The people who learn about FOIL either haven't been doing this multiplication for the last 8 to 10 years, or maybe aren't able to generalize from, say, 23 * 15 to (a + 3)(b + 5).
Yes, it requires much more thought to be able to extend multiplication from the arithmetic of multiplying integers to products of binomials. And the multiplication of binomials is by no means something that I would consider a special case. I would consider multiplying, say, a 7-term polynomial by a 4-term polynomial a special case.Student100 said:Does it require more thought to extend the multiplication in this way, than it does learning an mnemonic built around a very special case?
And so what? Virtually any endeavor, if you want to get good at it, requires a lot of time on the basics. If you want to learn how to play the piano, you have to learn the names of the keys so that you can read music sheets. After that, there's a lot of time spent on practice, building "muscle memory" so that you can play a tune without having to think about each and every note. The same is true for sports of all kinds, with a lot of time spent hitting a ball, or throwing a ball into a basket, or whatever. The more you perform these actions, the more fluid and automatic they become. The same is true for arithmetic and mathematics at a higher level, I believe. If you aren't sure whether it's 6 x 9 = 63 or 54, it becomes much more difficult to do quick and dirty approximations as sanity checks on more difficult problems.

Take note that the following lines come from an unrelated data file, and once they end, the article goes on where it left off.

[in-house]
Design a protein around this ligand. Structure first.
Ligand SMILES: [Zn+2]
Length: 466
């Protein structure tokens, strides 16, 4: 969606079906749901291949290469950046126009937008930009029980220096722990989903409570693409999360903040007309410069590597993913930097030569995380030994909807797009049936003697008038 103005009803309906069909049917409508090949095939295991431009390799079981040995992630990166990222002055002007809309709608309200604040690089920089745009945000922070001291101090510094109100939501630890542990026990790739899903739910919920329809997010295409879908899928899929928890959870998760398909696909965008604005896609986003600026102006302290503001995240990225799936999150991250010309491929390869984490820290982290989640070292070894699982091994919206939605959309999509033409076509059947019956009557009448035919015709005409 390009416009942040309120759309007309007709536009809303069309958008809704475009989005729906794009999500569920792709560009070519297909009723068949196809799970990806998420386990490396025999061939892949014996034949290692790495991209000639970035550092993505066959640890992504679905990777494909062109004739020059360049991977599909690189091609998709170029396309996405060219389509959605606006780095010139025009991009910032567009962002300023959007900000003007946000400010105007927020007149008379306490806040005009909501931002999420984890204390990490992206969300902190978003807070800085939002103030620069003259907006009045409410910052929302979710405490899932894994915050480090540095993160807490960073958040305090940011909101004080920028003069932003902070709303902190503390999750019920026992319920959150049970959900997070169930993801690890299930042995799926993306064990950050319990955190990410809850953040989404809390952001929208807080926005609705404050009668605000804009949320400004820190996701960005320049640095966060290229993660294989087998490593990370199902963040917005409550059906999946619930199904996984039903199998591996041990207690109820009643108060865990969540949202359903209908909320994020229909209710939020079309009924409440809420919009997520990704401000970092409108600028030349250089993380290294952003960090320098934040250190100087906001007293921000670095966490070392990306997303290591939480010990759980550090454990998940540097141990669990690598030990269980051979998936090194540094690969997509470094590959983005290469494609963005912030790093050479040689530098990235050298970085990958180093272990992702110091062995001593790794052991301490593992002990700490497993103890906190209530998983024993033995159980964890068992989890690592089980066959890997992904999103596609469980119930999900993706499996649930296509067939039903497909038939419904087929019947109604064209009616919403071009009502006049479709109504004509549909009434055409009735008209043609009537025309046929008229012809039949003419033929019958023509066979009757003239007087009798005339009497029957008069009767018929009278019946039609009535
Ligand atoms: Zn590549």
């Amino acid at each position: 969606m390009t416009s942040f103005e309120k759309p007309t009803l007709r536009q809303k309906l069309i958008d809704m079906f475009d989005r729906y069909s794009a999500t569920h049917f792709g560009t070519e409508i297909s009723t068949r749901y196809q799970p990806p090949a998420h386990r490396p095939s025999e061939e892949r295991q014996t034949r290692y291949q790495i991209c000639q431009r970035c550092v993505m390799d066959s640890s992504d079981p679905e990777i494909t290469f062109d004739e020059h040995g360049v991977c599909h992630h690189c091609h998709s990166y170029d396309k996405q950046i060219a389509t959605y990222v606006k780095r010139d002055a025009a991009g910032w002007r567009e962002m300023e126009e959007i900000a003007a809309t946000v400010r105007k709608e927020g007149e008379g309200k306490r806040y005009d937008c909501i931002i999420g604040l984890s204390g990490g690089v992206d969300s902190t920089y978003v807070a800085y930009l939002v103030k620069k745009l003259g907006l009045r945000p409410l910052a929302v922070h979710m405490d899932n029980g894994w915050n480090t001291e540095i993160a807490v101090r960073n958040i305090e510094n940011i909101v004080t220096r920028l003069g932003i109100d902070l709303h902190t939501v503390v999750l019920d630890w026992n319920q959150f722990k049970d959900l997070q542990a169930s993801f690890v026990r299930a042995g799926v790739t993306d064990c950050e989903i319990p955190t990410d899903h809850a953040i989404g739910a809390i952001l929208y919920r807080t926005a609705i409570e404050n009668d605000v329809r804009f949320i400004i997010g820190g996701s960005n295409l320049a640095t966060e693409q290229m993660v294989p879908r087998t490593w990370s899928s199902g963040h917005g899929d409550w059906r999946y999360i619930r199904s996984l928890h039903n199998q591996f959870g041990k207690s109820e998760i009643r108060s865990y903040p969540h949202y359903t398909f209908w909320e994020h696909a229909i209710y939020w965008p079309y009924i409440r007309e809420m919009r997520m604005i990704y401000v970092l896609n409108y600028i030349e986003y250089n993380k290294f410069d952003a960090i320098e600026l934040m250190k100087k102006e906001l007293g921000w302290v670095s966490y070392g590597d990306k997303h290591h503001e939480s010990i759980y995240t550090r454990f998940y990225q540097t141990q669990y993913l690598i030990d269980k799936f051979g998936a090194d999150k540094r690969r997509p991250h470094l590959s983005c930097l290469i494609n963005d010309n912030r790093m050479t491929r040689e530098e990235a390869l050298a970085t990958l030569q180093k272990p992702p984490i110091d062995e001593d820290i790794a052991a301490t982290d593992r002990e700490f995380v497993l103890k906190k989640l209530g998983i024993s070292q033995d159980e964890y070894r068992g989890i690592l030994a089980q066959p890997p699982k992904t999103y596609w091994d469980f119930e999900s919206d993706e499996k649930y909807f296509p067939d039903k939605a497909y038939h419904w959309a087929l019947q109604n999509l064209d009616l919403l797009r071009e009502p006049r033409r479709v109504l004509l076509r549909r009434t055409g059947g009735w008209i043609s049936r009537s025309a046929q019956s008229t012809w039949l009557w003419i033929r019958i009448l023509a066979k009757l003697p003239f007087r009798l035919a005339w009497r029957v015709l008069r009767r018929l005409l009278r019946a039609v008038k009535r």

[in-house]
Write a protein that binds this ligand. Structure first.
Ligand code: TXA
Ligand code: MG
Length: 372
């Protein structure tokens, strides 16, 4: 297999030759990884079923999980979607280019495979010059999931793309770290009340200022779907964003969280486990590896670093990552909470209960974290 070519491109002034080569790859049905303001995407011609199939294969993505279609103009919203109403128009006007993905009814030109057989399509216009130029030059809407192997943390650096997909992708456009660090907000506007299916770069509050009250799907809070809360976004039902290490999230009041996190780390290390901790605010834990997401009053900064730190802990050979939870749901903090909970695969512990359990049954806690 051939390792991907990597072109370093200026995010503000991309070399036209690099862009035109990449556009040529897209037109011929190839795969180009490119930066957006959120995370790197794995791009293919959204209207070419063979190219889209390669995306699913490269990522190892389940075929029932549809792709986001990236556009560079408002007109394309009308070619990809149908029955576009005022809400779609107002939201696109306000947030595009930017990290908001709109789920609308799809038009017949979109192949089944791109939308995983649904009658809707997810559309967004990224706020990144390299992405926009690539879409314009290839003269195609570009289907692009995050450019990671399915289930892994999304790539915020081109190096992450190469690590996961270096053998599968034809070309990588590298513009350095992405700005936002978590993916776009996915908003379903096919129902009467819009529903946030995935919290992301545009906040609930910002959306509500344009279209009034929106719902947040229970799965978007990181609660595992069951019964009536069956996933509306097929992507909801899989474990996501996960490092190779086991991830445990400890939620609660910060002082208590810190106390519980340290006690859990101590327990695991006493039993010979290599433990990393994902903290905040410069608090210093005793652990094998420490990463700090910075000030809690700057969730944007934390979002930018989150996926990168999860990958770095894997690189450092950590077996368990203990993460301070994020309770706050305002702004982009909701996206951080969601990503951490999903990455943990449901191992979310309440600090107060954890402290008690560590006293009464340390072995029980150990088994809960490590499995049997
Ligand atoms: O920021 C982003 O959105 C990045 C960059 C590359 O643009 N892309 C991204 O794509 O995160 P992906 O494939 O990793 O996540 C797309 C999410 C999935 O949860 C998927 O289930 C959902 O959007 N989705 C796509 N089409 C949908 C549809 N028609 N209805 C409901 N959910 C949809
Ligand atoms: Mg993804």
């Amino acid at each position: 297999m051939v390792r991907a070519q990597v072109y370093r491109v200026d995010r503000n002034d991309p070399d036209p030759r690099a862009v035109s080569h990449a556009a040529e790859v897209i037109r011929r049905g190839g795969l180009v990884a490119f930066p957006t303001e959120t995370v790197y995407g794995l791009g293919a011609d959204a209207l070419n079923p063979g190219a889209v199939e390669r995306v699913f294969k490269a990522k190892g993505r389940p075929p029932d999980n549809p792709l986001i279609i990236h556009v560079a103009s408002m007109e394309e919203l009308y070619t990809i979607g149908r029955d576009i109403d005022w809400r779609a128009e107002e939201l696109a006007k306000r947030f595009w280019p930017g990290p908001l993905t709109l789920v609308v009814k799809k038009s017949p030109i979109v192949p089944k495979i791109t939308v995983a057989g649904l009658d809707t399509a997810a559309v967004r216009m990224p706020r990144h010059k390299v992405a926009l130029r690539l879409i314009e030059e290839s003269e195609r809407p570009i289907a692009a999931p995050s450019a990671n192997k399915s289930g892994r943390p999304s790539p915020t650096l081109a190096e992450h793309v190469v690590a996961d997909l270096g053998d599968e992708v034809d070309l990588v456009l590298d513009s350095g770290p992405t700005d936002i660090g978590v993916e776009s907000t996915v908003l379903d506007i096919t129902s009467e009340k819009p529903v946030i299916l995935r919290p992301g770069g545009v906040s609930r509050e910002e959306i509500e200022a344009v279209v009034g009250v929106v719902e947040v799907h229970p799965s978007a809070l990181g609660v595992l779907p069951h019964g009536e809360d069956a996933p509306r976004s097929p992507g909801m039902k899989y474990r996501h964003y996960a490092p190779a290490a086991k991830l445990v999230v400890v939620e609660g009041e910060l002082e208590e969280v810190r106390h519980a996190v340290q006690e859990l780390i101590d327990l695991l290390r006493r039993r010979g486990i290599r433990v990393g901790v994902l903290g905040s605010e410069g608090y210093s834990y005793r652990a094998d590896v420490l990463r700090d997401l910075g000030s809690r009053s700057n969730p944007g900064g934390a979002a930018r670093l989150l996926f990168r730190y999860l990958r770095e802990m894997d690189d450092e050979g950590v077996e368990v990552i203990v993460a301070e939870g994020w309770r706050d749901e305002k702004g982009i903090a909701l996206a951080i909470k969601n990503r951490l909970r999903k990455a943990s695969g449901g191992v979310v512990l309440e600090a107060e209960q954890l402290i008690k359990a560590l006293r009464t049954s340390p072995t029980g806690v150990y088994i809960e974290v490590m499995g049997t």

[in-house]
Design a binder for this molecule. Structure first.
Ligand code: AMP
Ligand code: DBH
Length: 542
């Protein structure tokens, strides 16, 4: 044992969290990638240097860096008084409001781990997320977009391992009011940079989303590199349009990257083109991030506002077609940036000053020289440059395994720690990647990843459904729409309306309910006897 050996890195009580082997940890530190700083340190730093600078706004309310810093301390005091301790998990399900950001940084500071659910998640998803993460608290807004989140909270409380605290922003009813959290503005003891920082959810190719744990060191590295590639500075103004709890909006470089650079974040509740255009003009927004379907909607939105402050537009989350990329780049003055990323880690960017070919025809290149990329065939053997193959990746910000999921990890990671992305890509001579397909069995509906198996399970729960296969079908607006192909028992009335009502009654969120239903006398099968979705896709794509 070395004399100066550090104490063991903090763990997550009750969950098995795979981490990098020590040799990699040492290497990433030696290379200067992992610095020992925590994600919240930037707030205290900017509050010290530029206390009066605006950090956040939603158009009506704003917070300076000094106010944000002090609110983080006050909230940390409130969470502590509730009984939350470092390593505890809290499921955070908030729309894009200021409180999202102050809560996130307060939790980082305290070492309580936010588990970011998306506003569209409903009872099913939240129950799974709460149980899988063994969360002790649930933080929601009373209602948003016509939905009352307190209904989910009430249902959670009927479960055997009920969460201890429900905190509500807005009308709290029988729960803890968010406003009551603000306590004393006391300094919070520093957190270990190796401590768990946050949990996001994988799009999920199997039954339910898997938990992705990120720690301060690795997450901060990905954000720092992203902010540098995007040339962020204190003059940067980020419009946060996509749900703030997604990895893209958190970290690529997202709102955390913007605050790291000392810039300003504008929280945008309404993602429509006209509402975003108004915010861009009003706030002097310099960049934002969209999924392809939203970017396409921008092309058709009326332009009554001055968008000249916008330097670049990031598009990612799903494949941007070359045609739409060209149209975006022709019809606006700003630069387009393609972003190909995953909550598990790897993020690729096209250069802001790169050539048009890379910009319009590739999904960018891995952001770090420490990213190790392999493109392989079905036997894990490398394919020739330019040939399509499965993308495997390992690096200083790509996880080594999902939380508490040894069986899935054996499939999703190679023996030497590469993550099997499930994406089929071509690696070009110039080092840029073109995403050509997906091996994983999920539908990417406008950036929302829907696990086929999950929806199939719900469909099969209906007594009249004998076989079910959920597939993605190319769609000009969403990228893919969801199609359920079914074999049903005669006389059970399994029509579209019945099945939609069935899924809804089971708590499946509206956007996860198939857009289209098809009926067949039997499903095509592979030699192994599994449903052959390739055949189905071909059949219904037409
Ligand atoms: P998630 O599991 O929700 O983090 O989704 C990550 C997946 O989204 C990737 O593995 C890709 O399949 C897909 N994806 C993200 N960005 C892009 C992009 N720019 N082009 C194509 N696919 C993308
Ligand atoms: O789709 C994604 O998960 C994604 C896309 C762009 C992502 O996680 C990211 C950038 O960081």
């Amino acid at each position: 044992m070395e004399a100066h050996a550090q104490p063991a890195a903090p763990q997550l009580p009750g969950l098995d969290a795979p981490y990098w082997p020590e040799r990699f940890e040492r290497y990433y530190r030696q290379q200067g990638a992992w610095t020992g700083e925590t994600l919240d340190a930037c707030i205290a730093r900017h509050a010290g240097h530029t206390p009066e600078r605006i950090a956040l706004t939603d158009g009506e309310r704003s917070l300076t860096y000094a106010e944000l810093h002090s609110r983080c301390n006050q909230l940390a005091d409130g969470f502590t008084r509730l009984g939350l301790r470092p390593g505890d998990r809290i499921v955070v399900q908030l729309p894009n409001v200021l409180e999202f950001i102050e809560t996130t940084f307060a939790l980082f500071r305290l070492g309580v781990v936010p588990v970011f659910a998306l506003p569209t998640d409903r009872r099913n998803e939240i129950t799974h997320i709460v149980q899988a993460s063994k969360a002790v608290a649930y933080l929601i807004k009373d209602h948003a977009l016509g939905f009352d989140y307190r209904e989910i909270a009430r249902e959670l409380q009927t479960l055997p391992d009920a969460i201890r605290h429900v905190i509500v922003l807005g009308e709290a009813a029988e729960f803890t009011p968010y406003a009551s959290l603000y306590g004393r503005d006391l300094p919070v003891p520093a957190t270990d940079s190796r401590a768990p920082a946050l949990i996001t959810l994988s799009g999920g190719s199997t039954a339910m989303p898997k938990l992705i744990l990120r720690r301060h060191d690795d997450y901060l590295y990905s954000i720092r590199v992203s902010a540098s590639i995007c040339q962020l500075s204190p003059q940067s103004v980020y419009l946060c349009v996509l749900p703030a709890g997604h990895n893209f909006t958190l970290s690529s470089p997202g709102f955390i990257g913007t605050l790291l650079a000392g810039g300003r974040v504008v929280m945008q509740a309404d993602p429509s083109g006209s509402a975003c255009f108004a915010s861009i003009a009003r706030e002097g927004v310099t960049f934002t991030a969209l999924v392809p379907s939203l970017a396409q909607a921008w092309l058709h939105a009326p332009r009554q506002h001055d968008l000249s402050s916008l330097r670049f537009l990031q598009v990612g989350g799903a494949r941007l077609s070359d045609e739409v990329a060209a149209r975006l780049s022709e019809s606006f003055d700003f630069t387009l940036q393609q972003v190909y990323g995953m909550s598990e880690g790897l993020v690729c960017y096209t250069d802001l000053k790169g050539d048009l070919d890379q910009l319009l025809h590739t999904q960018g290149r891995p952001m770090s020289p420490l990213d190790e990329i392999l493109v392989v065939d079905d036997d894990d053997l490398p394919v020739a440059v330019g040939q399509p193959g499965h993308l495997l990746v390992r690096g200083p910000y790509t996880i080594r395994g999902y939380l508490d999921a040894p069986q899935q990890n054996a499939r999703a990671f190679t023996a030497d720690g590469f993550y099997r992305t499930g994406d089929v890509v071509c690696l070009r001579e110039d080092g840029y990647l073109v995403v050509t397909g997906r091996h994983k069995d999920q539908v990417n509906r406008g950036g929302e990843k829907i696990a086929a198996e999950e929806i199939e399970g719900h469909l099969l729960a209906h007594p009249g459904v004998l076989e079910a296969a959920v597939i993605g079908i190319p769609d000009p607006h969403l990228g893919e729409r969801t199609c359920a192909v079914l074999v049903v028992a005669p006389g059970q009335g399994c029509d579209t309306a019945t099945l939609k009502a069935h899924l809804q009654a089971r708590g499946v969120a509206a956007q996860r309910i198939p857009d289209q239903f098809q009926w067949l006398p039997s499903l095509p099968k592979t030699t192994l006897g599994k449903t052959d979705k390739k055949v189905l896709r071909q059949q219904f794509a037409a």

How do you "work out the arithmetic" if you don't have a firm grasp on multiplying two single-digit numbers? Earlier you saidStudent100 said:I don't consider memorizing tables without motivation a viable part of the basics. The basics would be working out the arithmetic , then as you become experienced you'll naturally develop a working memory for these calculations.
First off, 5*6 + 4 is not an equation -- it's an expression, and there's really nothing to solve. If you haven't spent some time memorizing things such as 5 times 6, you'll be stuck right away.solve simple equations like 5*6 + 4 = 34
This is like saying a football team would be more successful just playing football, and not spending valuable practice time doing running drills, blocking practice, running though tires, and all that other boring stuff. I don't think any successful coach would agree with you.Student100 said:And the "and so what" part I guess would be that the class time spent memorizing tables could be better spent working problems or motivating mathematics in general.?